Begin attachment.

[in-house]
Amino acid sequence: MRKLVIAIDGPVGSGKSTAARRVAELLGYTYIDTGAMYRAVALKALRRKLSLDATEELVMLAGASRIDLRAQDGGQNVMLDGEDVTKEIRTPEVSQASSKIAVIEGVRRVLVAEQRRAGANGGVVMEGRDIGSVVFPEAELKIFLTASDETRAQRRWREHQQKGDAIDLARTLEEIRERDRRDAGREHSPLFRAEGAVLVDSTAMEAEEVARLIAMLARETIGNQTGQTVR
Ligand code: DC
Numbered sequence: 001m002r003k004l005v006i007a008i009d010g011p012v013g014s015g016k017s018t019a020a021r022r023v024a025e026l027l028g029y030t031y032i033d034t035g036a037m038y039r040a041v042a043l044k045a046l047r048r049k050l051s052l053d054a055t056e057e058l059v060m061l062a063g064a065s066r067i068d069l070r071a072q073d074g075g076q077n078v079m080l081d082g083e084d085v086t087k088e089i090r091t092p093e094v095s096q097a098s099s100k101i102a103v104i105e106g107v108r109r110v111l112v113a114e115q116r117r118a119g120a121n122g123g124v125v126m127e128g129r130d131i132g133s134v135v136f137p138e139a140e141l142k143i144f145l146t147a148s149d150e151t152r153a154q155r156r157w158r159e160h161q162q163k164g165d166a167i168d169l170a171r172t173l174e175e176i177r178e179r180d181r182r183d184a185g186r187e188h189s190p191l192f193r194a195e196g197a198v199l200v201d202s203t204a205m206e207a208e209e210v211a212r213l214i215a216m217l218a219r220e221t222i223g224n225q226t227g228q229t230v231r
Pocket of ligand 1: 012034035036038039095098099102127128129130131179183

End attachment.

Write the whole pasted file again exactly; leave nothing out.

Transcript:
[in-house]
Amino acid sequence: MRKLVIAIDGPVGSGKSTAARRVAELLGYTYIDTGAMYRAVALKALRRKLSLDATEELVMLAGASRIDLRAQDGGQNVMLDGEDVTKEIRTPEVSQASSKIAVIEGVRRVLVAEQRRAGANGGVVMEGRDIGSVVFPEAELKIFLTASDETRAQRRWREHQQKGDAIDLARTLEEIRERDRRDAGREHSPLFRAEGAVLVDSTAMEAEEVARLIAMLARETIGNQTGQTVR
Ligand code: DC
Numbered sequence: 001m002r003k004l005v006i007a008i009d010g011p012v013g014s015g016k017s018t019a020a021r022r023v024a025e026l027l028g029y030t031y032i033d034t035g036a037m038y039r040a041v042a043l044k045a046l047r048r049k050l051s052l053d054a055t056e057e058l059v060m061l062a063g064a065s066r067i068d069l070r071a072q073d074g075g076q077n078v079m080l081d082g083e084d085v086t087k088e089i090r091t092p093e094v095s096q097a098s099s100k101i102a103v104i105e106g107v108r109r110v111l112v113a114e115q116r117r118a119g120a121n122g123g124v125v126m127e128g129r130d131i132g133s134v135v136f137p138e139a140e141l142k143i144f145l146t147a148s149d150e151t152r153a154q155r156r157w158r159e160h161q162q163k164g165d166a167i168d169l170a171r172t173l174e175e176i177r178e179r180d181r182r183d184a185g186r187e188h189s190p191l192f193r194a195e196g197a198v199l200v201d202s203t204a205m206e207a208e209e210v211a212r213l214i215a216m217l218a219r220e221t222i223g224n225q226t227g228q229t230v231r
Pocket of ligand 1: 012034035036038039095098099102127128129130131179183